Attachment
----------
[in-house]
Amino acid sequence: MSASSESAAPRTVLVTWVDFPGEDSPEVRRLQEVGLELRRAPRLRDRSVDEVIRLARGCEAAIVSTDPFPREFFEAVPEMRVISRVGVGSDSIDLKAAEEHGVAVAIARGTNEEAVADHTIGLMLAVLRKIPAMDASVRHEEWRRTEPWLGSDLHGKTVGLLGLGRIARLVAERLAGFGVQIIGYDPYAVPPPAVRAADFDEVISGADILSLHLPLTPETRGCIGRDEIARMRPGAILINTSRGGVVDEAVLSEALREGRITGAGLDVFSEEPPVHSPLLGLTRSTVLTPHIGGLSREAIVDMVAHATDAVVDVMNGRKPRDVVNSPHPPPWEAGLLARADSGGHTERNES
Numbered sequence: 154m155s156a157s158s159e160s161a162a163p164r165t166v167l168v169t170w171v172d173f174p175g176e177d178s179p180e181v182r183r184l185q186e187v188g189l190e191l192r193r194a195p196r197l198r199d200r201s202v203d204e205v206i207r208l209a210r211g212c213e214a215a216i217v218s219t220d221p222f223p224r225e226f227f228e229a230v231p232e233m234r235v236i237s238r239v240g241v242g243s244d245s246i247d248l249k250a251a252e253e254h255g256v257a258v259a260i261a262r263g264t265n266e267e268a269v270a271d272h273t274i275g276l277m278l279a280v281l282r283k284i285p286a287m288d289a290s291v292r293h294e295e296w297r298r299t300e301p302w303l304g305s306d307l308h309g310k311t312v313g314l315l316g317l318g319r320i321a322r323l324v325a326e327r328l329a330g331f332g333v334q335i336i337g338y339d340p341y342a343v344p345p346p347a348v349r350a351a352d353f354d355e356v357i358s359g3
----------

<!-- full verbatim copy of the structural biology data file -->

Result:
[in-house]
Amino acid sequence: MSASSESAAPRTVLVTWVDFPGEDSPEVRRLQEVGLELRRAPRLRDRSVDEVIRLARGCEAAIVSTDPFPREFFEAVPEMRVISRVGVGSDSIDLKAAEEHGVAVAIARGTNEEAVADHTIGLMLAVLRKIPAMDASVRHEEWRRTEPWLGSDLHGKTVGLLGLGRIARLVAERLAGFGVQIIGYDPYAVPPPAVRAADFDEVISGADILSLHLPLTPETRGCIGRDEIARMRPGAILINTSRGGVVDEAVLSEALREGRITGAGLDVFSEEPPVHSPLLGLTRSTVLTPHIGGLSREAIVDMVAHATDAVVDVMNGRKPRDVVNSPHPPPWEAGLLARADSGGHTERNES
Numbered sequence: 154m155s156a157s158s159e160s161a162a163p164r165t166v167l168v169t170w171v172d173f174p175g176e177d178s179p180e181v182r183r184l185q186e187v188g189l190e191l192r193r194a195p196r197l198r199d200r201s202v203d204e205v206i207r208l209a210r211g212c213e214a215a216i217v218s219t220d221p222f223p224r225e226f227f228e229a230v231p232e233m234r235v236i237s238r239v240g241v242g243s244d245s246i247d248l249k250a251a252e253e254h255g256v257a258v259a260i261a262r263g264t265n266e267e268a269v270a271d272h273t274i275g276l277m278l279a280v281l282r283k284i285p286a287m288d289a290s291v292r293h294e295e296w297r298r299t300e301p302w303l304g305s306d307l308h309g310k311t312v313g314l315l316g317l318g319r320i321a322r323l324v325a326e327r328l329a330g331f332g333v334q335i336i337g338y339d340p341y342a343v344p345p346p347a348v349r350a351a352d353f354d355e356v357i358s359g3